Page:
Folowing the disatrous hurricanes Katrina and Rita in 2005, the NFIP was more or less insolvent, without the capacity to pay the huge volume of claims those hurricanes created. Congress reacted by increasing the NFIP’s borrowing ability from the U.S. Treasury more than 13-fold, to a level of nearly $21 billion. That debt burden is, by all accounts, unsustainable.

While Irene was no Katrina, it comes on top of serious Midwestern flooding that the program has already had to deal with this year. Some people believe NFIP will stretch its debt boundaries and may well end up needing more assistance. “It may be a little bit too soon to tell but it’s certainly not going to be a very good year for the NFIP and we’ve not finished the year yet,” said Robert Hartwig, an economist and the president of the Insurance Information Institute (III).

Hartwig said a private insurance market for flood coverage is absolutely possible, with plenty of insurers and reinsurers willing to get into the business – but only if the NFIP raises its rates and if insurers get assurances from state regulators that they will be able to do the same.

Insurance Blog wonders if given all the recent flood claims in the UK due to climate change and the pressure to build houses on floodplains, whether Flood Insurance will at some point become a fundamental risk in the UK for some homes?

The UK Government would be well advised to consult with construction companies, environmental scientists, climatologists, pressure groups and Insurance companies before we reach the crisis about to hit the US Treasury.

The solution is simple – do not solve the UK housing problem by building on floodplains or areas of geographical risk.

Home Insurance Money Saving Tips

How can you reduce your Home Insurance Costs?

When it comes to home insurance, many people simply accept the first quote that they are given without ever looking for alternatives.

However, there are several things that you can do to help reduce the cost of your building insurance and contents insurance.

Obviously, depending on where you live your home insurance is always going to cost a certain amount, but it is definitely worth taking steps to reduce your costs as much as possible.

Were your calculations accurate?

When you take out insurance, you will generally be asked how much you want to cover your home for.

For example, when you take out building insurance you will have to specify a value in case the worst should happen and your home needs to be rebuilt from scratch.

Many people are unsure about this and, as such, the figure they give is inaccurate; quite a few people could reduce their costs by making this more accurate.

Do you have good security?

Something else that affects the cost of your home insurance is how safe your property is. Simply put, the safer it is, the cheaper your policy will be. Of course, there is very little you can do to reduce the amount of crime in your area, but you can do things to secure your house. For instance, good door locks and bolts can help to improve security, as can burglar alarms, gates and even CCTV.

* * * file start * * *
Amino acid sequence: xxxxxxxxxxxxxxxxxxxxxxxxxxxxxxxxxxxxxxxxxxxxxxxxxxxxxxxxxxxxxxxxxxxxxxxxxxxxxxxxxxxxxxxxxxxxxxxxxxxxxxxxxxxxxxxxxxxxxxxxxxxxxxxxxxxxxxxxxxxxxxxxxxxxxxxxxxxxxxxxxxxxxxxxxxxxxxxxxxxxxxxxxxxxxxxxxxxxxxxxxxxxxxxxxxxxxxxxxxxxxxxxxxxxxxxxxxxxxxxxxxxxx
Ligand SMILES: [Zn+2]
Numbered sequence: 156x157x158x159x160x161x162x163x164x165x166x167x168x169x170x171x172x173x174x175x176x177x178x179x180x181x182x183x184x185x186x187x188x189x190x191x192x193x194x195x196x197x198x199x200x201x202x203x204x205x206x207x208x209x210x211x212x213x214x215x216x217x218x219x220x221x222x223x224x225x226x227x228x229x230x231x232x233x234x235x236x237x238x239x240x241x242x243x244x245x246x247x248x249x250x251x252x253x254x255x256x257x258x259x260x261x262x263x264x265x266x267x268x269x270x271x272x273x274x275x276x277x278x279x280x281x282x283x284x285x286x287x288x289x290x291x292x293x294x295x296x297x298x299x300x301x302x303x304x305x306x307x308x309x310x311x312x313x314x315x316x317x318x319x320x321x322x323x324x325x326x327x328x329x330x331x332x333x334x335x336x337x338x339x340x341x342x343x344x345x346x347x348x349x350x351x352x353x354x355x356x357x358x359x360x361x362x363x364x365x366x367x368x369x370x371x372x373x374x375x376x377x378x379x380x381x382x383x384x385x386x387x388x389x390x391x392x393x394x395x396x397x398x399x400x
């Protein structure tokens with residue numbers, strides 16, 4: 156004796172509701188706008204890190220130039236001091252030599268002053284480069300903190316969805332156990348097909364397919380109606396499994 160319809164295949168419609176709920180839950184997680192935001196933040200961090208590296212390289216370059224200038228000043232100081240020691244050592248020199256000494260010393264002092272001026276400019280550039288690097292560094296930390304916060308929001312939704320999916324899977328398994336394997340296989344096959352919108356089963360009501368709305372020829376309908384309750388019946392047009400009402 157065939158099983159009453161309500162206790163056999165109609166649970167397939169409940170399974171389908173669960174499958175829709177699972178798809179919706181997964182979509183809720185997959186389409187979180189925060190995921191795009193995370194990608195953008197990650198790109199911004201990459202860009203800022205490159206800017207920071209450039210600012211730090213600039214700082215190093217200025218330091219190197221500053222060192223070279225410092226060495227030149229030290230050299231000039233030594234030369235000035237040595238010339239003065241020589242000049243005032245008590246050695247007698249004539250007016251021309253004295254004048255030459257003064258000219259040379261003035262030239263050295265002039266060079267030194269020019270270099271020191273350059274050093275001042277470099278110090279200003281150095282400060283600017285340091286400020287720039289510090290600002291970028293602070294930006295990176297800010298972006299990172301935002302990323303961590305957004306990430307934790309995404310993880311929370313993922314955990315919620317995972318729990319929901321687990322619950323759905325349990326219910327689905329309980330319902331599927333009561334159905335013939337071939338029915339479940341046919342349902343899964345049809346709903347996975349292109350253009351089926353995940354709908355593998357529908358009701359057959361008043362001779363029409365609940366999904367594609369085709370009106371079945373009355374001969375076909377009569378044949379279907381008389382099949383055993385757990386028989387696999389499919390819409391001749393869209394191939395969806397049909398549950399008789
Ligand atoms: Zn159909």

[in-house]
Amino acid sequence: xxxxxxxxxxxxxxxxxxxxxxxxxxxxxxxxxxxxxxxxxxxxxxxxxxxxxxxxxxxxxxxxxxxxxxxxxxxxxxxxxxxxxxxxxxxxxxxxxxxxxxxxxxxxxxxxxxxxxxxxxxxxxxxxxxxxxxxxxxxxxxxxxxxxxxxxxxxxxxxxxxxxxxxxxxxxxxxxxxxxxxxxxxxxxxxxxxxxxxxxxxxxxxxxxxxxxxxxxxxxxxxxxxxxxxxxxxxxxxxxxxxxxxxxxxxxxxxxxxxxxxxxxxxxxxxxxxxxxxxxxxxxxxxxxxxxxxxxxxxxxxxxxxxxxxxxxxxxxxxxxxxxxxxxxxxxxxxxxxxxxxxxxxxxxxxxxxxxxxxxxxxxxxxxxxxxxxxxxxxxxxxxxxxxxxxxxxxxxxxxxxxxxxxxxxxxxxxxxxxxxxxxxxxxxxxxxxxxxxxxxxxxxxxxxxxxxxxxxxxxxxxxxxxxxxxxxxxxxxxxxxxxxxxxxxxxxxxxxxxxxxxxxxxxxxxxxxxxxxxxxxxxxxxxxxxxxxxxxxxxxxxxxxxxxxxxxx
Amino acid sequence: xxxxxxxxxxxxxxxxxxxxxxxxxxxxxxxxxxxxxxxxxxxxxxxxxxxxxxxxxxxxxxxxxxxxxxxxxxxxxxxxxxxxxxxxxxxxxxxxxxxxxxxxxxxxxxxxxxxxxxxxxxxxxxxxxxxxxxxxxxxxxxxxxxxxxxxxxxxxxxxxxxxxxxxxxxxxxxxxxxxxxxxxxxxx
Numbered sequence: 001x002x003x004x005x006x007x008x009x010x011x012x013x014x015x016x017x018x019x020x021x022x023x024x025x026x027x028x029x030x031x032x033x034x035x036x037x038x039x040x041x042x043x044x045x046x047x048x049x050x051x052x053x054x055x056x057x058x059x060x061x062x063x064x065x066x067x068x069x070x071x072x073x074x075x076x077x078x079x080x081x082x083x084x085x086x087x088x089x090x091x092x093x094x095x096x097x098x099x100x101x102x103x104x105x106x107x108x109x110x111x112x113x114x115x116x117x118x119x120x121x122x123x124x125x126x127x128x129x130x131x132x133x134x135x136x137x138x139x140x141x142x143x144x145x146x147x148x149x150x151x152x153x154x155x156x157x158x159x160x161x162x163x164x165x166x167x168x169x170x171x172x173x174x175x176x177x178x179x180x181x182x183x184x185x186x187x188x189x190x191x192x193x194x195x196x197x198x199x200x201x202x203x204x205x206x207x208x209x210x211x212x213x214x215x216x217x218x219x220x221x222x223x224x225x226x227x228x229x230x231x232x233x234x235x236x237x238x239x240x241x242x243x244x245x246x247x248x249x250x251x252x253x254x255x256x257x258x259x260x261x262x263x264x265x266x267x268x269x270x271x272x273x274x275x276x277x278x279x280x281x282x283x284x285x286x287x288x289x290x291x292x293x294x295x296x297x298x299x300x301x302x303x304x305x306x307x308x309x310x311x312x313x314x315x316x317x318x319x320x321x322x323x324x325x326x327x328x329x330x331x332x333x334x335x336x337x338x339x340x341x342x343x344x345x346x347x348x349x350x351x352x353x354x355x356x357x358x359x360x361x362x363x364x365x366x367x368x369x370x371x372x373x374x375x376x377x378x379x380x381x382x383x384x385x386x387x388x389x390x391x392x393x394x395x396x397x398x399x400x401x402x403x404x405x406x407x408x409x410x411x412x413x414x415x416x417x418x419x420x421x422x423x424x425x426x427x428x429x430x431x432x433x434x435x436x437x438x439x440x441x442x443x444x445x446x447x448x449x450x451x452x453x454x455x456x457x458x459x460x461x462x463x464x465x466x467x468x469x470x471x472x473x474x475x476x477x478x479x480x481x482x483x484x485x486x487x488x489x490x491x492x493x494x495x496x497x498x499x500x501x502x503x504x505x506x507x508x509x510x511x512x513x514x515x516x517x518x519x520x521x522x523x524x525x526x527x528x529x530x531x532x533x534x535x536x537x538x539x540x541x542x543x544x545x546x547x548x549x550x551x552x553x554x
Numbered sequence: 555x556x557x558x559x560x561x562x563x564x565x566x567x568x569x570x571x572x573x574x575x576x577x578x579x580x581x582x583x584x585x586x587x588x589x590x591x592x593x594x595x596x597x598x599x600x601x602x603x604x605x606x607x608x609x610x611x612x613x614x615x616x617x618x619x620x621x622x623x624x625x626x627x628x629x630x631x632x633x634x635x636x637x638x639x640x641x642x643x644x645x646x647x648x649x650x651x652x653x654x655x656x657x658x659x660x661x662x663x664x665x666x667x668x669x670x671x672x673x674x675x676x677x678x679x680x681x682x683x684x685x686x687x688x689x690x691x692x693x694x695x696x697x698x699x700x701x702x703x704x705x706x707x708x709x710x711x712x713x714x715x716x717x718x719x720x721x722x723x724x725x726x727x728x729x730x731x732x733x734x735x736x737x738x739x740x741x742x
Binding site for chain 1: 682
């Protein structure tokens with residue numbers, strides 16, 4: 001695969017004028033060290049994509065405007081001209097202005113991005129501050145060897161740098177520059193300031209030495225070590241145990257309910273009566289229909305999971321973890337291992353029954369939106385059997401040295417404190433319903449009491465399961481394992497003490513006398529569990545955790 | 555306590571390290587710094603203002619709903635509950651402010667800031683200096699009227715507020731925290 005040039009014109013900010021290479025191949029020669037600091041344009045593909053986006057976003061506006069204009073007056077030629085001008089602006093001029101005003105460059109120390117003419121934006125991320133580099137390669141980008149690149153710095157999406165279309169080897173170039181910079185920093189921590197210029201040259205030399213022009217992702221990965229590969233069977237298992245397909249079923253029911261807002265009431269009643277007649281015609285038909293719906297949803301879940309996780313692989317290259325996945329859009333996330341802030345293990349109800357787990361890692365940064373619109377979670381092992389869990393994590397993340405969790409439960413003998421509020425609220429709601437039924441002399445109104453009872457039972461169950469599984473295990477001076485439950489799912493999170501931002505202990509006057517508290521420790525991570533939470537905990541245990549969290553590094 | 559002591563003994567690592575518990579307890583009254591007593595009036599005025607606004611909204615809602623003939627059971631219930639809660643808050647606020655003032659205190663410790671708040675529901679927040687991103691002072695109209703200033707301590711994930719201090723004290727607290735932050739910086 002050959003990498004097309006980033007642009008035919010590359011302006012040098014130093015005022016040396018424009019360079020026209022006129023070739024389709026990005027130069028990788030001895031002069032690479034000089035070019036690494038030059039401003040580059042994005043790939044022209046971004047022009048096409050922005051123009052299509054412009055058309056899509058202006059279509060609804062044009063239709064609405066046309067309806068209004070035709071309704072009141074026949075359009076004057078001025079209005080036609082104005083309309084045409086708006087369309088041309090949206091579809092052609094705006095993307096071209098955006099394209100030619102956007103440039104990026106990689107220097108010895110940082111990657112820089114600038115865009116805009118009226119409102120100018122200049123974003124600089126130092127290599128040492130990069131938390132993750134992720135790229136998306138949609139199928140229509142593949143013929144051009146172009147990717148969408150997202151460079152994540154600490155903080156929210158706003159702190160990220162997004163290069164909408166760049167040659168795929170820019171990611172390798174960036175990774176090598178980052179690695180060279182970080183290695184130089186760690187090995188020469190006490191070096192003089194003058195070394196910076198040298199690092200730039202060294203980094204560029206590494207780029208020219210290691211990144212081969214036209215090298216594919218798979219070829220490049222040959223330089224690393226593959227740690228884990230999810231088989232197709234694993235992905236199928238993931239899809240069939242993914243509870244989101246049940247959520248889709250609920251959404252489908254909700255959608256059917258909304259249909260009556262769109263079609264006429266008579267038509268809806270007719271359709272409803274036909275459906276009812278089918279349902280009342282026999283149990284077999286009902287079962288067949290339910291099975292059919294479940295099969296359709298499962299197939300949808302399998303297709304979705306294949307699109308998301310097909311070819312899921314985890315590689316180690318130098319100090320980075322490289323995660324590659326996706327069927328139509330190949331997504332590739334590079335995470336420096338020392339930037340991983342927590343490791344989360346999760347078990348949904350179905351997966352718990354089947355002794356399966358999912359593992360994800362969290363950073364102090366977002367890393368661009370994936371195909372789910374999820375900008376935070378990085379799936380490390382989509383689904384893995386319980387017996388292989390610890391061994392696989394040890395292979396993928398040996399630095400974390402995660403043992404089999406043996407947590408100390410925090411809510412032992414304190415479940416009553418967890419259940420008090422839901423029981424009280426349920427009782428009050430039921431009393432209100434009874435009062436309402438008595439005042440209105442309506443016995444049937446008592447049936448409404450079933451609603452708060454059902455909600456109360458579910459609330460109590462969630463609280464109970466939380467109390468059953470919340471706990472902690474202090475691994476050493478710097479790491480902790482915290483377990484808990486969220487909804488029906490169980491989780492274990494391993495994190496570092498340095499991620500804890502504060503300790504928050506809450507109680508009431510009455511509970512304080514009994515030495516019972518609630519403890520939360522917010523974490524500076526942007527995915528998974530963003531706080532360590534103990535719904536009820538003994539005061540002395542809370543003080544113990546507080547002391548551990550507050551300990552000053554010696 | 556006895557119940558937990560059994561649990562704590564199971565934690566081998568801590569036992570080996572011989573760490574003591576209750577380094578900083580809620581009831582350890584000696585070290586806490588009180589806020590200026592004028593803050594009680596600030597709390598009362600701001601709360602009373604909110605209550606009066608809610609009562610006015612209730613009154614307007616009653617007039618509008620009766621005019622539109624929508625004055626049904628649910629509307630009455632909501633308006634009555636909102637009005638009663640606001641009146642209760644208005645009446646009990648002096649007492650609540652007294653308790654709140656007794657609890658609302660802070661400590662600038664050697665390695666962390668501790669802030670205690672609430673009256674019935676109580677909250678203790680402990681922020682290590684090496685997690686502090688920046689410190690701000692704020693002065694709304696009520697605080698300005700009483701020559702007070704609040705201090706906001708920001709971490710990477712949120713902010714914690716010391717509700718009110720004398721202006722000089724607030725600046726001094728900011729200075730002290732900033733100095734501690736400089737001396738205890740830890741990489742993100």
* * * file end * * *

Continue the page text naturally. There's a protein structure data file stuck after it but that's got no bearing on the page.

Did you shop around?

As mentioned above, a lot of people never shop around for their home insurance and simply stick with the same provider. Often, though, it is possible to get cheaper insurance if you shop around, or even by asking your current provider if there are any other deals they could offer you: the worst they could say is no so it’s definitely worth giving it a go.

Making Business Insurance Decisions Easy for Business Owners

Decisions, Decisions, Decisions. If you are starting out in business or reviewing your initial company procedures and processes you will be faced by an endless choice of decisions to make.

Whilst the potential rewards of running a successful business drive them onwards, there are many challenges faced by small business owners, especially during the initial outset of the business when methods and procedures are being put in place. None more so when trying to navigate through the vagaries of business insurance risks and covers, which vary widely depending upon the type of business you engage in.

So where do you start to try to understand the risks that your business might face and the types of insurance that are available to protect your business from these risks?

Fortunately this has been recognised by specialist small business insurer, Hiscox who understands that business owners want to focus on what they do best – running their business.

So they have created a Business Insurance Decision Tree in the form of an infographic to help steer small business owners through the different types of insurance available to them.

The Hiscox Business Insurance Decision Tree looks at variables such as whether you work from home or in an office, how many employees you have and what type of property you own, suggesting applicable cover which best suits an SME’s (Small to Medium Sized Enterprises) needs.

So whether it is office contents insurance for damage to property, employers’ liability for those with employees, professional indemnity insurance when offering advice, or public liability insurance, the Business Insurance Decision Tree can help clarify which insurance is suitable.

The Business Insurance decision tree

The Business Insurance decision tree makes getting the right cover easy! Click to view

Hiscox SME Underwriting Manager, Deepak Soni, comments: “SMEs are experts in their area, but we don’t expect them to be experts in insurance, that’s what we are here for. No two businesses are the same, so the Business Insurance Decision Tree is a useful tool to help SMEs understand the risks they face and get the right cover in place.”